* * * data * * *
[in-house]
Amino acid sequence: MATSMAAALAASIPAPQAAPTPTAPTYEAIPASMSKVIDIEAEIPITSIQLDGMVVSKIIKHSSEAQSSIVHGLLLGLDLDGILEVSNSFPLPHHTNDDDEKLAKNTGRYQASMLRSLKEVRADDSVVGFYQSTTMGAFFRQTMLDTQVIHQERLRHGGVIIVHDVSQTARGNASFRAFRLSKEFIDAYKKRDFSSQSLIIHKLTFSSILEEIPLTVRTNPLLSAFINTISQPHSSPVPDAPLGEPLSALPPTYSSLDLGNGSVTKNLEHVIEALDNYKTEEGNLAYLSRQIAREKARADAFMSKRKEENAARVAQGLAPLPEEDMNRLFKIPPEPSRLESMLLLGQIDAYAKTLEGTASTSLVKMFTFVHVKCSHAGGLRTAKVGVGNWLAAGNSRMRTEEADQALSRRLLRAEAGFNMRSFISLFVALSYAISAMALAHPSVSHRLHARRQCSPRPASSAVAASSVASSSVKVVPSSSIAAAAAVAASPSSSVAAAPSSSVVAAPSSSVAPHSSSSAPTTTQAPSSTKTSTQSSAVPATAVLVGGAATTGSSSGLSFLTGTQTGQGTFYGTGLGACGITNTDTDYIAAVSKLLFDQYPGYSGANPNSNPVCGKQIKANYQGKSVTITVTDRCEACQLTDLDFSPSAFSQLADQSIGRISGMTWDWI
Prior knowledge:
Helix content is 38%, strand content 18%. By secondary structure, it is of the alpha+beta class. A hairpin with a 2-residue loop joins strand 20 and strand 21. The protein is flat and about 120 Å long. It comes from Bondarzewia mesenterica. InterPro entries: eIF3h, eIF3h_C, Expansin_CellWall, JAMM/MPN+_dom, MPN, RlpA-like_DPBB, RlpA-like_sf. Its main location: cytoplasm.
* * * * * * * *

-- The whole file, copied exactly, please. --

[in-house]
Amino acid sequence: MATSMAAALAASIPAPQAAPTPTAPTYEAIPASMSKVIDIEAEIPITSIQLDGMVVSKIIKHSSEAQSSIVHGLLLGLDLDGILEVSNSFPLPHHTNDDDEKLAKNTGRYQASMLRSLKEVRADDSVVGFYQSTTMGAFFRQTMLDTQVIHQERLRHGGVIIVHDVSQTARGNASFRAFRLSKEFIDAYKKRDFSSQSLIIHKLTFSSILEEIPLTVRTNPLLSAFINTISQPHSSPVPDAPLGEPLSALPPTYSSLDLGNGSVTKNLEHVIEALDNYKTEEGNLAYLSRQIAREKARADAFMSKRKEENAARVAQGLAPLPEEDMNRLFKIPPEPSRLESMLLLGQIDAYAKTLEGTASTSLVKMFTFVHVKCSHAGGLRTAKVGVGNWLAAGNSRMRTEEADQALSRRLLRAEAGFNMRSFISLFVALSYAISAMALAHPSVSHRLHARRQCSPRPASSAVAASSVASSSVKVVPSSSIAAAAAVAASPSSSVAAAPSSSVVAAPSSSVAPHSSSSAPTTTQAPSSTKTSTQSSAVPATAVLVGGAATTGSSSGLSFLTGTQTGQGTFYGTGLGACGITNTDTDYIAAVSKLLFDQYPGYSGANPNSNPVCGKQIKANYQGKSVTITVTDRCEACQLTDLDFSPSAFSQLADQSIGRISGMTWDWI
Prior knowledge:
Helix content is 38%, strand content 18%. By secondary structure, it is of the alpha+beta class. A hairpin with a 2-residue loop joins strand 20 and strand 21. The protein is flat and about 120 Å long. It comes from Bondarzewia mesenterica. InterPro entries: eIF3h, eIF3h_C, Expansin_CellWall, JAMM/MPN+_dom, MPN, RlpA-like_DPBB, RlpA-like_sf. Its main location: cytoplasm.